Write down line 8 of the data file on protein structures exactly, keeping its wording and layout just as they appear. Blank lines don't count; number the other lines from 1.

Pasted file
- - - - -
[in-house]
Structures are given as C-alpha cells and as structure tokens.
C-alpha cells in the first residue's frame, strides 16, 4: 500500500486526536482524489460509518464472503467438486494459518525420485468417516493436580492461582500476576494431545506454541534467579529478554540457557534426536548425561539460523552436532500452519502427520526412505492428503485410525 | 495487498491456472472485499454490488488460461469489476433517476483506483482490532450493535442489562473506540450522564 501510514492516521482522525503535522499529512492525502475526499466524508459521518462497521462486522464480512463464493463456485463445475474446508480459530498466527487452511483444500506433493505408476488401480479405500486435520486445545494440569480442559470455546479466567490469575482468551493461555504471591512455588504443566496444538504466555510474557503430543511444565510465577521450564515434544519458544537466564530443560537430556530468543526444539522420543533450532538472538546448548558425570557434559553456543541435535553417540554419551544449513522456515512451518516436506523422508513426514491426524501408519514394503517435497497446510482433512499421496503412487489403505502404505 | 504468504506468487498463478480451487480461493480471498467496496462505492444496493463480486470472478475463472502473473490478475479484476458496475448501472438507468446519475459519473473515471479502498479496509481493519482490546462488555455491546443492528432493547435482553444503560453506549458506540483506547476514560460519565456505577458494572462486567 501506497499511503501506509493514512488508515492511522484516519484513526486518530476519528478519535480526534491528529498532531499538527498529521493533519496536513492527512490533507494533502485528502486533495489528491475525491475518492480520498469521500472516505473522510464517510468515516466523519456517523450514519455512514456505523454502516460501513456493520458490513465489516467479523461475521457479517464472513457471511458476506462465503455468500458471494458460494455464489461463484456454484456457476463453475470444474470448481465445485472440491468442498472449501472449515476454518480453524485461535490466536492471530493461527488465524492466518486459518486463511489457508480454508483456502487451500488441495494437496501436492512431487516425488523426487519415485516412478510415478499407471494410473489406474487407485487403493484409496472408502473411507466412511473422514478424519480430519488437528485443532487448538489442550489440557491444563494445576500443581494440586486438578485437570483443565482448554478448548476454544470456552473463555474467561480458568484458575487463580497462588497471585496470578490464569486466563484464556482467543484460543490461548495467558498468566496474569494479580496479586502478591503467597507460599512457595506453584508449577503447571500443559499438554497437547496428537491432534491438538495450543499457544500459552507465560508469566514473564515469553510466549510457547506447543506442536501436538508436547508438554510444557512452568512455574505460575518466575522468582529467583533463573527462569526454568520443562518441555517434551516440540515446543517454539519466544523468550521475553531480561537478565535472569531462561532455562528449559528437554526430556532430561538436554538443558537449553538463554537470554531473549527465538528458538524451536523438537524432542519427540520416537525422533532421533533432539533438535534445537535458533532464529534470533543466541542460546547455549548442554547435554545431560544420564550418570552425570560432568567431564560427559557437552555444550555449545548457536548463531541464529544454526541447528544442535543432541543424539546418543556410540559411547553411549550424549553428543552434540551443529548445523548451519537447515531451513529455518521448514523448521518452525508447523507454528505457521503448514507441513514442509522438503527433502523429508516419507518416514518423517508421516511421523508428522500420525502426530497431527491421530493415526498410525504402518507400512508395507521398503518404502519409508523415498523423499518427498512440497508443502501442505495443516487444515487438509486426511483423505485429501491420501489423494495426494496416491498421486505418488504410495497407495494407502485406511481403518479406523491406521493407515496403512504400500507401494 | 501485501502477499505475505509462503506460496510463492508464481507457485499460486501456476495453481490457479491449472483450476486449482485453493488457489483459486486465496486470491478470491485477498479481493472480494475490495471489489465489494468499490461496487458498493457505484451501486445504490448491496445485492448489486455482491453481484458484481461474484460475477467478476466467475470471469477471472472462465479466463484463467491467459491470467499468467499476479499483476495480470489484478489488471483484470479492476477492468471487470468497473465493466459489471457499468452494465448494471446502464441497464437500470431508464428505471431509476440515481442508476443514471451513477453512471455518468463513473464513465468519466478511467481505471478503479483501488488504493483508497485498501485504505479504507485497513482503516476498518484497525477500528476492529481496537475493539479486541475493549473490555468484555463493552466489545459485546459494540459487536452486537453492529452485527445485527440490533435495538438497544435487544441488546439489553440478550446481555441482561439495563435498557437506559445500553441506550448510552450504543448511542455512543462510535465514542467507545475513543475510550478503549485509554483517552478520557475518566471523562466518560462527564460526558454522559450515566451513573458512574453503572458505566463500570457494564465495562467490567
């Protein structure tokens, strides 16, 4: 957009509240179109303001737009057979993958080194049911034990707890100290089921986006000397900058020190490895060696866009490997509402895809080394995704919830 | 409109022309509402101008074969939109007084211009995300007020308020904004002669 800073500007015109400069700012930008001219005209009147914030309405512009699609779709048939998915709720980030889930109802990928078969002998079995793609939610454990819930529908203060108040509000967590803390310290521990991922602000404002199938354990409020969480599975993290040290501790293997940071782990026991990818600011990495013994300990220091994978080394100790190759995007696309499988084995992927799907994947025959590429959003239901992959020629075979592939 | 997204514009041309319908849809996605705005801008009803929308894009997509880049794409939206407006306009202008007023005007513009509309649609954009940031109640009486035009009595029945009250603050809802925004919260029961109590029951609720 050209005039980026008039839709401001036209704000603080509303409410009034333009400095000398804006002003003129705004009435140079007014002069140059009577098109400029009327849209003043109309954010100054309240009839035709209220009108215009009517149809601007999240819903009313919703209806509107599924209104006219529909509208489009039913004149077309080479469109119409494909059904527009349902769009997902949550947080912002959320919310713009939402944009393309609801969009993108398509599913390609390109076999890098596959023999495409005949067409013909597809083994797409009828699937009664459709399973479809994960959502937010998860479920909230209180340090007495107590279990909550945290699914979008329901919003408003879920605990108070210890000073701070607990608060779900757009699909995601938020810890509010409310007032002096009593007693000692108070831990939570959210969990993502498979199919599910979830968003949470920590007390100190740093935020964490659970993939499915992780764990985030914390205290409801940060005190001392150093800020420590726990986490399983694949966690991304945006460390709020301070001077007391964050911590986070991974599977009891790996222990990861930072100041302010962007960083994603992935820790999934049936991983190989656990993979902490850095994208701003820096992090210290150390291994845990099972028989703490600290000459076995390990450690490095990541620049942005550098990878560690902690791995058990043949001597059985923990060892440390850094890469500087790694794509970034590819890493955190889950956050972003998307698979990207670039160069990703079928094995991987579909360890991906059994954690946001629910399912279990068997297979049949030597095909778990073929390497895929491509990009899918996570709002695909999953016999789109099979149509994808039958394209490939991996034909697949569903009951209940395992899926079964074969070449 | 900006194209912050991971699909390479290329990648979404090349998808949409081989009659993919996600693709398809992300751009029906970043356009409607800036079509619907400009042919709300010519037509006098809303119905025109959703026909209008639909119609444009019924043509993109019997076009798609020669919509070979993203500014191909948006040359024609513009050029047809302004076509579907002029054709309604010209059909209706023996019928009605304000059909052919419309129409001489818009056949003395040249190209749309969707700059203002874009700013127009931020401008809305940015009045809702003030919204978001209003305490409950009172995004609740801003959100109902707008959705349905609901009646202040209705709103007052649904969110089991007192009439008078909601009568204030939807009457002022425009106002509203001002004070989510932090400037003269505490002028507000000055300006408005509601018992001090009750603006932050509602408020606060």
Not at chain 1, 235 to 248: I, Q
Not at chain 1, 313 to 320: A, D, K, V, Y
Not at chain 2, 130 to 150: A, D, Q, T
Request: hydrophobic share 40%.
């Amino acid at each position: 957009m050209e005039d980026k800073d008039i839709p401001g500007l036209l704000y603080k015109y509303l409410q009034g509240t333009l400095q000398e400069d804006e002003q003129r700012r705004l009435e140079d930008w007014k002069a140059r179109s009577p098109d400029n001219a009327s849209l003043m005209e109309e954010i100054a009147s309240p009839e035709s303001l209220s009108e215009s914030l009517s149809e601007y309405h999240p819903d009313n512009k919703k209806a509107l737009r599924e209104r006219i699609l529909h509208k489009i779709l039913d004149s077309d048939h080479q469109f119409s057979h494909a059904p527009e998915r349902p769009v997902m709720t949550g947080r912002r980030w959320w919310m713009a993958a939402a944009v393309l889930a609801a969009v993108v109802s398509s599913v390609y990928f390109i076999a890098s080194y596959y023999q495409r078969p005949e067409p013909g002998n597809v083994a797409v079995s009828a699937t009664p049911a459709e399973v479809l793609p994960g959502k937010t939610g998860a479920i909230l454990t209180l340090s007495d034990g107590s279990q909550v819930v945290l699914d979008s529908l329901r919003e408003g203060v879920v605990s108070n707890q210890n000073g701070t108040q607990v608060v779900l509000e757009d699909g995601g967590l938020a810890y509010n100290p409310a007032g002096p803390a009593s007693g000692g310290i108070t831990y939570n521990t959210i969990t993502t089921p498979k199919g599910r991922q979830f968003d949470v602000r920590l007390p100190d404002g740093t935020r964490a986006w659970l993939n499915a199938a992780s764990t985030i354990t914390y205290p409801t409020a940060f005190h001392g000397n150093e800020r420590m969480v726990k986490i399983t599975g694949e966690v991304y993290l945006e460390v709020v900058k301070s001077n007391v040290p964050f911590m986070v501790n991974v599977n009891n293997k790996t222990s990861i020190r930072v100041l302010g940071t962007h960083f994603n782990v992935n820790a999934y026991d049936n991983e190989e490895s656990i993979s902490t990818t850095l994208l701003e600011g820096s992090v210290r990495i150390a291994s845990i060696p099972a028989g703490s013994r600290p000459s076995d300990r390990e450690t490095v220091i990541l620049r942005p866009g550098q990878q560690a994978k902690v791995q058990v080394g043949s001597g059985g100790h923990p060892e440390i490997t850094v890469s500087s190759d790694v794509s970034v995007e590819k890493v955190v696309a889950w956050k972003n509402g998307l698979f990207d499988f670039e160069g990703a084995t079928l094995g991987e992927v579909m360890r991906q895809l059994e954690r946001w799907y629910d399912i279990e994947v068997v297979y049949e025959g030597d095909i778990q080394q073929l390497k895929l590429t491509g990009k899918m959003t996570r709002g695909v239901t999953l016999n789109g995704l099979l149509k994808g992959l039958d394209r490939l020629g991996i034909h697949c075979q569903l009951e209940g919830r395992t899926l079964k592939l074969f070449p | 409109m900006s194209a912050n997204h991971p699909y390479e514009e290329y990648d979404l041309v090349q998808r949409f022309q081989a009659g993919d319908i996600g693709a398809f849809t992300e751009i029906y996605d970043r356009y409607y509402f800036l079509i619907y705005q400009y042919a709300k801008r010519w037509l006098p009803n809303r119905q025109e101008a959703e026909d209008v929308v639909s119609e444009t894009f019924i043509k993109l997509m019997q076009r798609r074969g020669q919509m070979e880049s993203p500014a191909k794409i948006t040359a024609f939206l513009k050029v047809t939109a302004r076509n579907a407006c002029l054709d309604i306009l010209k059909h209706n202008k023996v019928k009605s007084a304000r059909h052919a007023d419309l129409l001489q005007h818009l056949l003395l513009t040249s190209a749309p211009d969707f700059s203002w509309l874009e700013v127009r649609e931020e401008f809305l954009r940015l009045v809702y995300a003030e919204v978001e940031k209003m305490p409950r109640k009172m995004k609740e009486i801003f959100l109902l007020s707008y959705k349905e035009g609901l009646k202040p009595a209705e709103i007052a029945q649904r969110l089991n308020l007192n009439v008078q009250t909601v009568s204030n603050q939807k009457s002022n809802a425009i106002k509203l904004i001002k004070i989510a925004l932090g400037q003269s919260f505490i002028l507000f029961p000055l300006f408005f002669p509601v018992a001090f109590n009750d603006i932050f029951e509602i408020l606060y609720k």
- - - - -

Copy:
Request: hydrophobic share 40%.